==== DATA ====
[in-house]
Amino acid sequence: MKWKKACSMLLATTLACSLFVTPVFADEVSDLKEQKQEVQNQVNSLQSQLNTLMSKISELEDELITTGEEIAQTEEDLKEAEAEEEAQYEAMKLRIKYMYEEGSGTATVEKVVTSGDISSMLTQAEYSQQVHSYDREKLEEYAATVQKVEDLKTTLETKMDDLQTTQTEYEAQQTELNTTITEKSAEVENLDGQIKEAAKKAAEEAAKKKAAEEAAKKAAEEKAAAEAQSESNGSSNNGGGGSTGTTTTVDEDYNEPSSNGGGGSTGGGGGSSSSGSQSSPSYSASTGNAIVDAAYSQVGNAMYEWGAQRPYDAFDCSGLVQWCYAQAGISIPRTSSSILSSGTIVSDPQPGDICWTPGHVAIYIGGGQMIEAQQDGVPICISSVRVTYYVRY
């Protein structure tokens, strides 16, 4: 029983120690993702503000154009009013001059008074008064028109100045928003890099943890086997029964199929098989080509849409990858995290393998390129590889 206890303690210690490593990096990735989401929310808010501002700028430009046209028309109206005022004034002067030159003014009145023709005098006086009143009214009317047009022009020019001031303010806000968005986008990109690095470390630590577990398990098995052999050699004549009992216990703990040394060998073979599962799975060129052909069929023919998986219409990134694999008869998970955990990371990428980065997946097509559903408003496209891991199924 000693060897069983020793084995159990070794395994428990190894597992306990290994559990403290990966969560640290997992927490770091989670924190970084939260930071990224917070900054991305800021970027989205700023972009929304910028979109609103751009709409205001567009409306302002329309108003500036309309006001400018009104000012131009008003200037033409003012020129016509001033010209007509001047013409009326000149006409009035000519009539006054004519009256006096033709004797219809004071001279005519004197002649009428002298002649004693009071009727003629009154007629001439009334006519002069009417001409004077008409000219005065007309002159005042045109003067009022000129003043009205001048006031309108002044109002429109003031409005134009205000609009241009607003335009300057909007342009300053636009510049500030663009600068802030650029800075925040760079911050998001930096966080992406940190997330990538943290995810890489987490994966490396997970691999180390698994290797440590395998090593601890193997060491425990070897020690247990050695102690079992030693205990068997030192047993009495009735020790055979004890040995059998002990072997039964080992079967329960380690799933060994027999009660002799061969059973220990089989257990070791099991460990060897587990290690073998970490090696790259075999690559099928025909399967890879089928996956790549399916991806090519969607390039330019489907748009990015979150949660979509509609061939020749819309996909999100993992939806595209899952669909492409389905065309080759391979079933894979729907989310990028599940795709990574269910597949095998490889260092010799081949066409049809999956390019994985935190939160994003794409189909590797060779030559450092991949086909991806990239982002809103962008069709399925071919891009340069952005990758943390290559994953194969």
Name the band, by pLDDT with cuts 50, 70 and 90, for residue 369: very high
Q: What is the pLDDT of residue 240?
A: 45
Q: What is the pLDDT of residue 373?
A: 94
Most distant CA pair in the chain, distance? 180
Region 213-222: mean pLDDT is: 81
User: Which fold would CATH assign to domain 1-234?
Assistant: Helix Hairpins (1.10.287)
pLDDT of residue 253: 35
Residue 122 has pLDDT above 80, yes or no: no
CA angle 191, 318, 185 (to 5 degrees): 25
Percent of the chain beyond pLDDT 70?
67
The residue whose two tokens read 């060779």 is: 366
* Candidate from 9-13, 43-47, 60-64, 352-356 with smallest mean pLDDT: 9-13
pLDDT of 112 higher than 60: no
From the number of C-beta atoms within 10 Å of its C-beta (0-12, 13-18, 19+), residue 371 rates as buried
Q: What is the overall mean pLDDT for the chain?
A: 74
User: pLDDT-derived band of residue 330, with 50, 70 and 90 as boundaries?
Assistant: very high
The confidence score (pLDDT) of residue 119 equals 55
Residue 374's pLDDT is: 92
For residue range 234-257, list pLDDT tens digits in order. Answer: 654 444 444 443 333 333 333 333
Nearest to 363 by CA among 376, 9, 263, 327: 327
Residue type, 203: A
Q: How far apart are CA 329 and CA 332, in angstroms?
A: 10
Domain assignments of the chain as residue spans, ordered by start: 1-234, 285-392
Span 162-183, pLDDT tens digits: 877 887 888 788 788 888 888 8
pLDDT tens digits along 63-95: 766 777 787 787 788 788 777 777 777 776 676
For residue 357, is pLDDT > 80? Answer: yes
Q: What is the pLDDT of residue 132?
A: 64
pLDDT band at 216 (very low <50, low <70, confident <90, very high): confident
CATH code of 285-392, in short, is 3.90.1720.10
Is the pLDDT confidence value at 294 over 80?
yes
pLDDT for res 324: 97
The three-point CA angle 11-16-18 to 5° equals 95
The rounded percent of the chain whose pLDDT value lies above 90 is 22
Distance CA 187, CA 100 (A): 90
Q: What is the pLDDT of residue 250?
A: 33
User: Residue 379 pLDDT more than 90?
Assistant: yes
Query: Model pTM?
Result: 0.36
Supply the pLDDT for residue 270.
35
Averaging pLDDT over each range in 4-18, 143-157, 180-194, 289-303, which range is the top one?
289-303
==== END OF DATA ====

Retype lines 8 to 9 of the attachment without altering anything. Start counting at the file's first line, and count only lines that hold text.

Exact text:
A: 94
Most distant CA pair in the chain, distance? 180